What are the benefits of telling your story?
Telling our story –especially giving voice to a difficult or broken story – allows us to heal from it. Every difficult event that happens to us has to be integrated into our lives. If your parents divorce, you have to rework your understanding of your relationship with them. If you are diagnosed with a terrible disease, you have to realign your life to work with this new reality. And writing or sharing your story can help. Once you sift through the emotional turmoil, you can make sense of your new reality and then you can work to make the new story you want.
Cancer was not a story I wanted, but through my writing I was able to create a new story. I allowed myself to become not simply a writer but an author of a book. It was a wonderful outcome for me.
There are well over 200 studies that demonstrate how writing our personal stories can help to heal us physically, psychologically, and even socially. Some studies indicate that writing can lower our stress, improve our moods, reduce symptoms of depression, and give us a feeling of greater psychological well-being. These are all wonderful benefits that can enhance our lives.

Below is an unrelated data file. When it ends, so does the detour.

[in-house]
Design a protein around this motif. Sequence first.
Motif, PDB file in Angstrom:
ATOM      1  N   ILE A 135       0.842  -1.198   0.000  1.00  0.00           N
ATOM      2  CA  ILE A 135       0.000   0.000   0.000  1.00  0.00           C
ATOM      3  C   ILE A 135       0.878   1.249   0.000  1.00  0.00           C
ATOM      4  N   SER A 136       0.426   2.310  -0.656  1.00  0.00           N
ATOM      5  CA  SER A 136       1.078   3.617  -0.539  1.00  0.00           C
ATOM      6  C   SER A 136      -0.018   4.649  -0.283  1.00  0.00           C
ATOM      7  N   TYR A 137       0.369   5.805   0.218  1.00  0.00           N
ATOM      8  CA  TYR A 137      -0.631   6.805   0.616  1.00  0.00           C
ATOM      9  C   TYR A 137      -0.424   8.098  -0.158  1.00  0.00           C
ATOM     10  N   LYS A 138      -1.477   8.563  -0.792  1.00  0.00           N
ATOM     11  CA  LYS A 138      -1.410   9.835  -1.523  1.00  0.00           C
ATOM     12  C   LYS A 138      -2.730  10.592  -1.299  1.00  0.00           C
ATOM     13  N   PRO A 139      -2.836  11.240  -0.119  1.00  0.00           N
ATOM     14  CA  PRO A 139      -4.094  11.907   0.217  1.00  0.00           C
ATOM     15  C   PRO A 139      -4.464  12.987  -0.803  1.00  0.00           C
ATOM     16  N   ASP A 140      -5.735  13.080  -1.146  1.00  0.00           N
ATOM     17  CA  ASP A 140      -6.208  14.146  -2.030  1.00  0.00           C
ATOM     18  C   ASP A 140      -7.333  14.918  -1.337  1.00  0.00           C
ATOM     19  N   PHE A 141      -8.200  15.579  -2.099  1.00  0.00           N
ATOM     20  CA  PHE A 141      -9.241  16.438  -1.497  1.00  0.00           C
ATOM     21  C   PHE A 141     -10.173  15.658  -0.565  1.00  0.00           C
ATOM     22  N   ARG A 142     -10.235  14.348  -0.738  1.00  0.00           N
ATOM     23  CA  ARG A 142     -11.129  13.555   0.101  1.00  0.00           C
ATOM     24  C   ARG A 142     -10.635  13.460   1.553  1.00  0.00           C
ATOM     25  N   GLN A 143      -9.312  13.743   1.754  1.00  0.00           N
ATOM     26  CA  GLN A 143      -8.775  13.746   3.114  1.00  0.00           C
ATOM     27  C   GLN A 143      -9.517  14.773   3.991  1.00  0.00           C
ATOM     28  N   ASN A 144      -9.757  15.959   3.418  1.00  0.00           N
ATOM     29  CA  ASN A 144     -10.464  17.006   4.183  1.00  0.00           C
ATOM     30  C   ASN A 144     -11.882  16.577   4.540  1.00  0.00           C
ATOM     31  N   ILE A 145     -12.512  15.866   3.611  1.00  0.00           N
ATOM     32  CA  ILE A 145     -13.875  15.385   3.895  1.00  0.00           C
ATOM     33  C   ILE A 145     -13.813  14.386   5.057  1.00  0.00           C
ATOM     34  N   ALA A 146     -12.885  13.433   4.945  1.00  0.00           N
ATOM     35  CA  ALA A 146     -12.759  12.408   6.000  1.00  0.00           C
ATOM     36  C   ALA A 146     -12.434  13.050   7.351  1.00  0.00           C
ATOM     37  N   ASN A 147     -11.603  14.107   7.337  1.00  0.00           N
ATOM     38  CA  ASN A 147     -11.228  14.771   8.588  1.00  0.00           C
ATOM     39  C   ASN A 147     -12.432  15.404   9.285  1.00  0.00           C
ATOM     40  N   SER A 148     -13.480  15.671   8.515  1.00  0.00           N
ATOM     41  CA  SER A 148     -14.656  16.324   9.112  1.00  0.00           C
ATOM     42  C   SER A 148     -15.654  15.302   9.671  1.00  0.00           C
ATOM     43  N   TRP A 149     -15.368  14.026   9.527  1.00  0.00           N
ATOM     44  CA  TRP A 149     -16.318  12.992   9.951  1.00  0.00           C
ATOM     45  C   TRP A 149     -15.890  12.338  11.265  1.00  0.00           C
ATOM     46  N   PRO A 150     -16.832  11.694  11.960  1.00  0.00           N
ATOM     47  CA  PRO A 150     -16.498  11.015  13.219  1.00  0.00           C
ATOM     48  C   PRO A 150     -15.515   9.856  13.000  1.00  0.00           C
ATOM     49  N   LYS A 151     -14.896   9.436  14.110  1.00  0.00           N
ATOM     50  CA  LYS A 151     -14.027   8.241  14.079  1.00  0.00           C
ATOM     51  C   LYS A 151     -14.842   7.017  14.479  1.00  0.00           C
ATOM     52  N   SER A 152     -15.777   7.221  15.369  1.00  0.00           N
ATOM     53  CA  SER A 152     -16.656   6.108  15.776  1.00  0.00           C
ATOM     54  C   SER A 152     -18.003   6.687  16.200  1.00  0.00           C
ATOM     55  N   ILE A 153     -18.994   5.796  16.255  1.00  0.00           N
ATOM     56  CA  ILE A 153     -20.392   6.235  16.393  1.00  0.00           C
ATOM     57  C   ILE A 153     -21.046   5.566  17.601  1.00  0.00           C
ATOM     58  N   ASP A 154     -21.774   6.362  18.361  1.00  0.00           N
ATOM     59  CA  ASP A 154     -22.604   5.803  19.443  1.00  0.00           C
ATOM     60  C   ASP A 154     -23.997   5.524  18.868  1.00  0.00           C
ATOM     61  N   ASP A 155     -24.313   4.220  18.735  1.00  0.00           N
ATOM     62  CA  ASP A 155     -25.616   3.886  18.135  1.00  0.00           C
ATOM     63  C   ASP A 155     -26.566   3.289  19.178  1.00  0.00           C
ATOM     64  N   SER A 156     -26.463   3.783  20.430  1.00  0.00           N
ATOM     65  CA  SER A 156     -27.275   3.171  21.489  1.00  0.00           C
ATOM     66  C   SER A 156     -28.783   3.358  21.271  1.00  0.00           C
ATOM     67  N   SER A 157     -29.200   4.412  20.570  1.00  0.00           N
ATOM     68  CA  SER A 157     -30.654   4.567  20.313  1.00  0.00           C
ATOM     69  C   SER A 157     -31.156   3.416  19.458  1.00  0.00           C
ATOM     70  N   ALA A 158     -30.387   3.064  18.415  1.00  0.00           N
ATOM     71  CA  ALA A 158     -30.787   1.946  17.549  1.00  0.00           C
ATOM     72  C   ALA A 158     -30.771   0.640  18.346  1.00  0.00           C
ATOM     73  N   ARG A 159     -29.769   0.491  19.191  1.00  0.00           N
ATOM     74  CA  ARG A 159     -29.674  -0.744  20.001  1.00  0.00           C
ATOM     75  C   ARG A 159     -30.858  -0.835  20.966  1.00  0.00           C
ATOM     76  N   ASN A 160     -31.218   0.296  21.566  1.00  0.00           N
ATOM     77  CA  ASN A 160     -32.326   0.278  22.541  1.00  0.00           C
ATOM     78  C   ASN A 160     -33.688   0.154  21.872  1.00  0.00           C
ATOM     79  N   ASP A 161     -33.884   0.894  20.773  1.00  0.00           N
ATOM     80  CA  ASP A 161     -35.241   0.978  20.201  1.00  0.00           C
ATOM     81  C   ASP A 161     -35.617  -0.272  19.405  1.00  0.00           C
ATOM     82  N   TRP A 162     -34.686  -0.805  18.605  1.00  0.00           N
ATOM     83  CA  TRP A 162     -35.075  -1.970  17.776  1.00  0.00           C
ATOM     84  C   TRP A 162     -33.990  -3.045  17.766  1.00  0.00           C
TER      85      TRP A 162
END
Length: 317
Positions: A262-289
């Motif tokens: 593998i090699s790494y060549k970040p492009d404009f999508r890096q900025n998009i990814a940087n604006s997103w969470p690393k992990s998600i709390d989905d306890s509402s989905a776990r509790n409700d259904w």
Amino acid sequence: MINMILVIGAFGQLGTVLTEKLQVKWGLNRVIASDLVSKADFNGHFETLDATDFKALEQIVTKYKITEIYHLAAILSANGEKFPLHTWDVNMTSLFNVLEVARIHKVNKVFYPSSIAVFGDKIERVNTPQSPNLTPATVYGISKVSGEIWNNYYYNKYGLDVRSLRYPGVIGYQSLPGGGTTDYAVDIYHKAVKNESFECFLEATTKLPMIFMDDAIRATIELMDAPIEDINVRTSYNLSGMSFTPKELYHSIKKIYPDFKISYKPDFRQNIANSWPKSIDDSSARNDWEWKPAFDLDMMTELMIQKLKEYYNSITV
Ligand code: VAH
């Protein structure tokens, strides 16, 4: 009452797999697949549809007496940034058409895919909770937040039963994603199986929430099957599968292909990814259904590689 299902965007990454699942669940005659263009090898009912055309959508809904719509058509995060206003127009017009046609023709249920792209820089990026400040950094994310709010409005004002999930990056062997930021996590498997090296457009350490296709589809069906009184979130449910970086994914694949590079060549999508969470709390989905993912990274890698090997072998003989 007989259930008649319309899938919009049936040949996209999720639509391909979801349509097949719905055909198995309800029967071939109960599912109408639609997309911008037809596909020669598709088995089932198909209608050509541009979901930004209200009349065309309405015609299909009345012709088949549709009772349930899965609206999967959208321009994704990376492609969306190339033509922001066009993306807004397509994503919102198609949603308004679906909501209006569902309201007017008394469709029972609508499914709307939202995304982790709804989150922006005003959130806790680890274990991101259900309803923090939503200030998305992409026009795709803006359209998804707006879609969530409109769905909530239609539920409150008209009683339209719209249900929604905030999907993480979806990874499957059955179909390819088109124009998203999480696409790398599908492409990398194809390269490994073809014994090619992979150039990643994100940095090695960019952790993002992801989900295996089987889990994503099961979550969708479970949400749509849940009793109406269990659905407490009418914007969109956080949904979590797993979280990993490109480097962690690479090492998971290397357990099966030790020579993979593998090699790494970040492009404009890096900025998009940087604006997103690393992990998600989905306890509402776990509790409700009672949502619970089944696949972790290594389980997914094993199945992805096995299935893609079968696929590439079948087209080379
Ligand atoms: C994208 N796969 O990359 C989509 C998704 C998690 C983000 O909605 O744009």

You interviewed more than 100 writers for this book. Who were these individuals? How did you choose them?
I am a writer so I began by working with my writing students, especially students who had stories that I knew they were struggling to share. At writing conferences, such as Esalen and Omega Institutes, it was easy to meet writers who were unraveling stories they needed to tell. And as I started writing my book, I was fighting my own battle with breast cancer so I volunteered to teach writing workshops to cancer patients and later to veterans suffering from PTSD.
Working with these writers was completely inspirational. While I served as their teacher, I often felt I was a student learning from them.
You did extensive work with veterans and cancer patients. What did you learn from them?
My biggest take-away from the veterans I interviewed was that when we are at war or surviving under stressful circumstances, it is common to deny or hold in the painful experiences you are having. Amid war you want to appear strong. But in the end these difficult events often become buried inside and eventually erupt in PTSD or an illness. I saw this time and time again in the work I did with vets.